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Clipping and Watering Effects on Caespitose and Rhizomatous Grasses: Implications for Grazing Management Open Access


Other title
Type of item
Degree grantor
University of Alberta
Author or creator
Broadbent, Tanner S
Supervisor and department
Bork, Edward (Agriculture, Food and Nutritional Science)
Examining committee member and department
Willms, Walter (Agriculture and Agri-Food Canada)
Hik, David (Biological Sciences)
Derner, Justin (United States Department of Agriculture)
Naeth, Anne (Renewable Resources)
Cooke, Janice (Biological Sciences)
Department of Agricultural, Food, and Nutritional Science
Rangeland and Wildlife Resources
Date accepted
Graduation date
Doctor of Philosophy
Degree level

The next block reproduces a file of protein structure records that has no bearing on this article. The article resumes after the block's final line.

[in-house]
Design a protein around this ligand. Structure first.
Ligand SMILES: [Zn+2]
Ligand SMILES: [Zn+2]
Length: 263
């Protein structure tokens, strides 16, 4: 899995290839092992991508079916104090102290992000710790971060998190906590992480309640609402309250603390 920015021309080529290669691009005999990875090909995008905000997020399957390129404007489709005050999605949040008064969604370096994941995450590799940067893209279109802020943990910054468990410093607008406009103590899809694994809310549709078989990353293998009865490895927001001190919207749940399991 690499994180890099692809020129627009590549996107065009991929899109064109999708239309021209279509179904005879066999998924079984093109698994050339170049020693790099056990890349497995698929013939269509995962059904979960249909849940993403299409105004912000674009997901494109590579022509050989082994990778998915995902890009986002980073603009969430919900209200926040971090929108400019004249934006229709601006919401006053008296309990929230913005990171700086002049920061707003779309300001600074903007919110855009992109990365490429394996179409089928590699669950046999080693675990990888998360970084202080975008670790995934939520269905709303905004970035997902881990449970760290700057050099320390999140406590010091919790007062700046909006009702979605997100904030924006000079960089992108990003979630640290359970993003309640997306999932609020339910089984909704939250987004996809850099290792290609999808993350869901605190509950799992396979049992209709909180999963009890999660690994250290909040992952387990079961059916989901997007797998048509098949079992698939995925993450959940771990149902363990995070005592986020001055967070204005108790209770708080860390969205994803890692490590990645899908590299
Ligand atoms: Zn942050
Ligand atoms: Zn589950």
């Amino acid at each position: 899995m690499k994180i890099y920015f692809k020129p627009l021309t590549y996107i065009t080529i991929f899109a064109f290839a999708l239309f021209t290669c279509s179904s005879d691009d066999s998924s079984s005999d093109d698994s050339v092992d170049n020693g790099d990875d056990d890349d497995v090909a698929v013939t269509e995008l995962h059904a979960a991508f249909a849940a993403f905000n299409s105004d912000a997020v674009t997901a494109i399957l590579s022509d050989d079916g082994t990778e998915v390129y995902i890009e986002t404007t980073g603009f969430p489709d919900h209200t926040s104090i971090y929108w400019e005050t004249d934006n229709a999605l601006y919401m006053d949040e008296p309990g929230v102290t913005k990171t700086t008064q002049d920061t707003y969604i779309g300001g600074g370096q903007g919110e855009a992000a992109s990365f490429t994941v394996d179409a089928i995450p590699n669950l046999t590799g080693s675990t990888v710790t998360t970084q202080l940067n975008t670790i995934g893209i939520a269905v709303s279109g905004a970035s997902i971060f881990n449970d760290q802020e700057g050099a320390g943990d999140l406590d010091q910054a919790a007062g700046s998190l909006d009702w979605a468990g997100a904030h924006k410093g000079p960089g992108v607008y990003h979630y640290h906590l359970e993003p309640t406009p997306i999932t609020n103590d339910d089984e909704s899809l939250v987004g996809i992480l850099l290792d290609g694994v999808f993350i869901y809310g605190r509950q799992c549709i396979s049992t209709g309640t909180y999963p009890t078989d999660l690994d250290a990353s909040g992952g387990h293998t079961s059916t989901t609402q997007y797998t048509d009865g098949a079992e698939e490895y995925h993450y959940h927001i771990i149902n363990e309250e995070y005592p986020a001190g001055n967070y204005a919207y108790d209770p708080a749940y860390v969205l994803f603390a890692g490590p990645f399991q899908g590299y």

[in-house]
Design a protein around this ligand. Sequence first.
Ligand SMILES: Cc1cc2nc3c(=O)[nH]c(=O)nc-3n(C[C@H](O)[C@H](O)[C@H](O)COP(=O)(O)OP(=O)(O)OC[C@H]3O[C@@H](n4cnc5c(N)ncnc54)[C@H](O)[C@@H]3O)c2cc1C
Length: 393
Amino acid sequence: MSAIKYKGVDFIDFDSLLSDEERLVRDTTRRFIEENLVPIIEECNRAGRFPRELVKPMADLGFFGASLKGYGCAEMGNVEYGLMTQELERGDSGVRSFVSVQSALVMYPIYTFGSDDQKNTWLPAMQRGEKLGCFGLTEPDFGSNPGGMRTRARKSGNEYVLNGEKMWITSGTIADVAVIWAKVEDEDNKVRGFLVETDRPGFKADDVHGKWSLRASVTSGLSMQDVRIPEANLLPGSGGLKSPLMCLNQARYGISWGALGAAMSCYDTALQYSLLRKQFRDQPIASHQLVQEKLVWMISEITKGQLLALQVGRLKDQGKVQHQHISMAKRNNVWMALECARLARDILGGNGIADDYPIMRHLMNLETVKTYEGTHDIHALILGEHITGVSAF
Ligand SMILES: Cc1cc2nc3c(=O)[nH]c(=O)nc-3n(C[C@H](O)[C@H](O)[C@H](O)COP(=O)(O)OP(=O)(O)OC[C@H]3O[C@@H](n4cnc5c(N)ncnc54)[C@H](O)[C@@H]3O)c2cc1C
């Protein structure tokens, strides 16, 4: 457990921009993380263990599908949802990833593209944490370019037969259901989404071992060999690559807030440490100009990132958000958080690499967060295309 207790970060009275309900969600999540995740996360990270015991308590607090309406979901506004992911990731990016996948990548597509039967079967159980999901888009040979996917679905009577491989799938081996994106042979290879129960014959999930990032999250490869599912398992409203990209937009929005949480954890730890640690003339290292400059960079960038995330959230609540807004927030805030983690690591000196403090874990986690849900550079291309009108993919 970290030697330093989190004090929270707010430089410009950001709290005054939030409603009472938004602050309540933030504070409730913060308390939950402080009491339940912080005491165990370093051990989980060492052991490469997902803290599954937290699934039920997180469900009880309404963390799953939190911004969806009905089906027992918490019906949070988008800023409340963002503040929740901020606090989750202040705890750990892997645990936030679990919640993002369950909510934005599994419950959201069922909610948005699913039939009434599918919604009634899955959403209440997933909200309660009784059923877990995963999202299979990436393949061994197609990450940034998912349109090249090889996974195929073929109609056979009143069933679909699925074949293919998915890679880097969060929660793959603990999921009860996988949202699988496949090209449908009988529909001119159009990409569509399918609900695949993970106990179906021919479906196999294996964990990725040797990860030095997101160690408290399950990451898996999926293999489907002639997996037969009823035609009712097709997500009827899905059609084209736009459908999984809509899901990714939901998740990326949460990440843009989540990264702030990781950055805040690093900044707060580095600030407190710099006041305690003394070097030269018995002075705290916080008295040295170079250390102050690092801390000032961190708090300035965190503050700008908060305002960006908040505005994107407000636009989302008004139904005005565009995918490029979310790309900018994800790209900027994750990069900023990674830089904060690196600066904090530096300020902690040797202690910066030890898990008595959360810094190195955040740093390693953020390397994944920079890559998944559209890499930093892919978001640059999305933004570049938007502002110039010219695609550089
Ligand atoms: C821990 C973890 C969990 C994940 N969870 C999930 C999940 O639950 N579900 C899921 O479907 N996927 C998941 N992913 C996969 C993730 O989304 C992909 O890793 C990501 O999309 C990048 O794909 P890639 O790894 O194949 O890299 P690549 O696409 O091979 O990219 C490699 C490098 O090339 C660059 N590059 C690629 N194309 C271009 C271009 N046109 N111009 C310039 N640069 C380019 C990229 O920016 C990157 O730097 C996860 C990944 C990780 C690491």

Recent experimental evidence suggests that rotational grazing, despite strong perceptions to the contrary, does not promote plant community productivity relative to continuous grazing on rangelands. However, clipping studies from tame pastures of Alberta’s Aspen Parkland show clear plant community production benefits and compensatory yielding under defoliation regimes associated with rotational grazing (i.e., high intensity low frequency [HILF] defoliation). Unlike relatively mesic tame pastures that are often dominated by rhizomatous grasses, rangelands are generally semiarid native grasslands with a preponderance of caespitose grasses. This suggests that grass growth form may mediate plant community production potential. This study used a greenhouse and field experiment to compare growth dynamics of phylogenetically similar and co-occuring grasses of contrasting growth form (caespitose vs. rhizomatous) to test (1) whether caespitose grasses, compared to rhizomatous grasses, grow more determinately, and (2) if this in turn constrains compensatory yielding under some combination of defoliation frequency and intensity. Plant community productivity and composition were also assessed. Treatments included variable clipping and watering regimes, and the field experiment encompassed both a mesic lowland and drier upland mixedgrass prairie site. In the greenhouse, compensatory growth occurred in 3 rhizomatous grasses and 1 caespitose grass. However, this was not corroborated by the field experiment, where the caespitose grass (Hesperostipa comata) compensated under HILF defoliation and the rhizomatous grass (Pascopyrum smithii) did not—the opposite was observed in the greenhouse for both grasses. Although defoliation increased plant growth rates, compensatory growth was limited by declining tiller populations, especially in P. smithii. Compensatory yielding within the plant community at the mesic lowland site was similarly limited by declining P. smithii populations because this grass was the dominant contributor to yield. In contrast, compensatory yielding was common at the drier upland site where P. smithii was markedly less dominant. Results suggest that (1) determinate growth is not characteristic of caespitose grasses, but rather (2) compensatory responses depend on plant ability to maintain tiller populations under defoliation. Further, compensatory yielding under HILF defoliation within mixedgrass prairie plant communities may be limited to drier sites where more defoliation tolerant (but less productive) grasses are dominant.
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